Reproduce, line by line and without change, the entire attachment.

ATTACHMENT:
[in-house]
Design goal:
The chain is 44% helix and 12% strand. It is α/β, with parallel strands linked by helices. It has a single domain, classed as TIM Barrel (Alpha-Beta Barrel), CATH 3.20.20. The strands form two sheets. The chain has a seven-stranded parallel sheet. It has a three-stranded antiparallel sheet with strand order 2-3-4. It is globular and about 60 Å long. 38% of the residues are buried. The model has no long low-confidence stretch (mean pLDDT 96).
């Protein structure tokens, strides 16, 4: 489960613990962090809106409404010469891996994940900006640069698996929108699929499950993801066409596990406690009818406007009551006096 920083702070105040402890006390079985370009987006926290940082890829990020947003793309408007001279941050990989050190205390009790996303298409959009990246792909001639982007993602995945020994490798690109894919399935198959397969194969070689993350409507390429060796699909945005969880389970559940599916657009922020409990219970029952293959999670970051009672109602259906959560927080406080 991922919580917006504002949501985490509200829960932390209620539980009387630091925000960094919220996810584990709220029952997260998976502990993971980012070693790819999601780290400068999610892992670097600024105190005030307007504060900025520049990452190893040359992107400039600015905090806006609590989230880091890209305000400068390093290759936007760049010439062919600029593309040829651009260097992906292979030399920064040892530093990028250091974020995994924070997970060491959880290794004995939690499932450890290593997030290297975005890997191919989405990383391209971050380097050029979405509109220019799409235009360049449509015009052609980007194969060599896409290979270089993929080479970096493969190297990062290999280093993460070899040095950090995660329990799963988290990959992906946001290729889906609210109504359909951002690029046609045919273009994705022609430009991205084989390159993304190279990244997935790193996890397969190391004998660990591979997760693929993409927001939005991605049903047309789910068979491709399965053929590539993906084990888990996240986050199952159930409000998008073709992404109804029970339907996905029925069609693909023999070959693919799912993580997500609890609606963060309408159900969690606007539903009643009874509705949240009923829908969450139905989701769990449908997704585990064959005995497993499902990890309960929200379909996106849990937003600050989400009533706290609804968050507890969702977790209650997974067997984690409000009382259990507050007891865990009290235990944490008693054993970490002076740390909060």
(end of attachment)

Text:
[in-house]
Design goal:
The chain is 44% helix and 12% strand. It is α/β, with parallel strands linked by helices. It has a single domain, classed as TIM Barrel (Alpha-Beta Barrel), CATH 3.20.20. The strands form two sheets. The chain has a seven-stranded parallel sheet. It has a three-stranded antiparallel sheet with strand order 2-3-4. It is globular and about 60 Å long. 38% of the residues are buried. The model has no long low-confidence stretch (mean pLDDT 96).
């Protein structure tokens, strides 16, 4: 489960613990962090809106409404010469891996994940900006640069698996929108699929499950993801066409596990406690009818406007009551006096 920083702070105040402890006390079985370009987006926290940082890829990020947003793309408007001279941050990989050190205390009790996303298409959009990246792909001639982007993602995945020994490798690109894919399935198959397969194969070689993350409507390429060796699909945005969880389970559940599916657009922020409990219970029952293959999670970051009672109602259906959560927080406080 991922919580917006504002949501985490509200829960932390209620539980009387630091925000960094919220996810584990709220029952997260998976502990993971980012070693790819999601780290400068999610892992670097600024105190005030307007504060900025520049990452190893040359992107400039600015905090806006609590989230880091890209305000400068390093290759936007760049010439062919600029593309040829651009260097992906292979030399920064040892530093990028250091974020995994924070997970060491959880290794004995939690499932450890290593997030290297975005890997191919989405990383391209971050380097050029979405509109220019799409235009360049449509015009052609980007194969060599896409290979270089993929080479970096493969190297990062290999280093993460070899040095950090995660329990799963988290990959992906946001290729889906609210109504359909951002690029046609045919273009994705022609430009991205084989390159993304190279990244997935790193996890397969190391004998660990591979997760693929993409927001939005991605049903047309789910068979491709399965053929590539993906084990888990996240986050199952159930409000998008073709992404109804029970339907996905029925069609693909023999070959693919799912993580997500609890609606963060309408159900969690606007539903009643009874509705949240009923829908969450139905989701769990449908997704585990064959005995497993499902990890309960929200379909996106849990937003600050989400009533706290609804968050507890969702977790209650997974067997984690409000009382259990507050007891865990009290235990944490008693054993970490002076740390909060």